Re: [TLS] prohibit <1.2 on clients (but allow servers) (was: prohibit <1.2 support on 1.3+ servers (but allow clients))

Xiaoyin Liu <> Fri, 22 May 2015 05:25 UTC

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From: Xiaoyin Liu <>
To: Aaron Zauner <>, Dave Garrett <>
Date: Fri, 22 May 2015 01:25:41 -0400
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Subject: Re: [TLS] prohibit <1.2 on clients (but allow servers) (was: prohibit <1.2 support on 1.3+ servers (but allow clients))
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Instead of prohibiting bad crypto on the server side, I would like to propose a BCP which prohibits TLS 1.1- on the clients, but allows servers to keep supporting TLS 1.0+. The simple reason is that we should allow normal users to gradually upgrade their old browsers/operating systems, but should encourage (or require) webmasters to upgrade their servers as soon as possible in order to protect their users' security and privacy. I believe phasing out insecure web technology should be promoted by browsers. Microsoft's plan to phase out SHA-1 certificates has been quite effective so far, and I suggest we do the same for old TLS protocols and old cipher suites.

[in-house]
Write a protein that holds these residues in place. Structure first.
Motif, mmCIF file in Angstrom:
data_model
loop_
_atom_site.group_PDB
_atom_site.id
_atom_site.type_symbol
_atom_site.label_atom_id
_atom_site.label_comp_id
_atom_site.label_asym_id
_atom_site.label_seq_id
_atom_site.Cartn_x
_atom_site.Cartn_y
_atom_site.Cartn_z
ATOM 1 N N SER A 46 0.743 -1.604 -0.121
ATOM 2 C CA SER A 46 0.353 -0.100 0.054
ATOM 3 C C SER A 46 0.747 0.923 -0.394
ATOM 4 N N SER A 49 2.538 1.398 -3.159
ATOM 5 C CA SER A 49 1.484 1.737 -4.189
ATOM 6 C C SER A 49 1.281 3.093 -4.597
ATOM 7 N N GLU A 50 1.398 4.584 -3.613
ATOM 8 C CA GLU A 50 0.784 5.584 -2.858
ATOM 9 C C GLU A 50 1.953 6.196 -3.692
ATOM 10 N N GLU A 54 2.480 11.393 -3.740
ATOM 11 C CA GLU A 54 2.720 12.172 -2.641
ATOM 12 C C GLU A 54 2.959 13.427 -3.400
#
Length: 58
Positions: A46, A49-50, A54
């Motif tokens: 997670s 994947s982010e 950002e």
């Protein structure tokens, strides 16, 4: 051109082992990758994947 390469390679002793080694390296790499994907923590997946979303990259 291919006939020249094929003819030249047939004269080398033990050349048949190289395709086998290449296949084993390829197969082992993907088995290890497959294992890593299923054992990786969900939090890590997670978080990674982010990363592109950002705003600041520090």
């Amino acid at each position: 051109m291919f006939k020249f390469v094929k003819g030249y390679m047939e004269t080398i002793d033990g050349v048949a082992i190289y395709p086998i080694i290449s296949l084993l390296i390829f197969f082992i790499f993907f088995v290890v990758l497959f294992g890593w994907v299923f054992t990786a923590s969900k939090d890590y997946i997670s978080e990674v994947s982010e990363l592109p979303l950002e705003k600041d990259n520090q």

I do understand that, as many have pointed out, upgrading servers is not an easy task for some companies. But if not now, they have to be upgraded sometime. Is 2-3 years enough for all servers to be upgraded? So what about specifying the following in tls1-diediedie doc:

1) (Already required in RFC 7525) TLS servers MUST support TLS 1.3 (if TLS 1.3 RFC has been published, otherwise TLS 1.2).
2) (Already required in RFC 7525) If ClientHello.client_version is 0x0303 (TLS 1.2) or above, then TLS servers MUST negotiate that version.3) TLS servers MAY support TLS 1.0 and TLS 1.1 to support old TLS clients.
4) (New requirement!) Starting from January 1, 2018, TLS clients MUST terminate the handshake if serverHello.server_version is 0x0302 (TLS 1.1) or below.5) (New requirement!) Starting from January 1, 2018, TLS clients MUST NOT include cipher suites that do not provide forward secrecy in the ClientHello message.6) (Same as RFC 7525) The requirements above do not apply to opportunistic encryptions, like STARTTLS. The date specified in 4) and 5) can be discussed later. It is important that all major browser vendors agree to enforce 4) and 5) after this specific date, and that this date is widely known by website operators. The goal of my proposal is to eliminate TLS 1.0-only and non-PFS TLS servers before the next decade.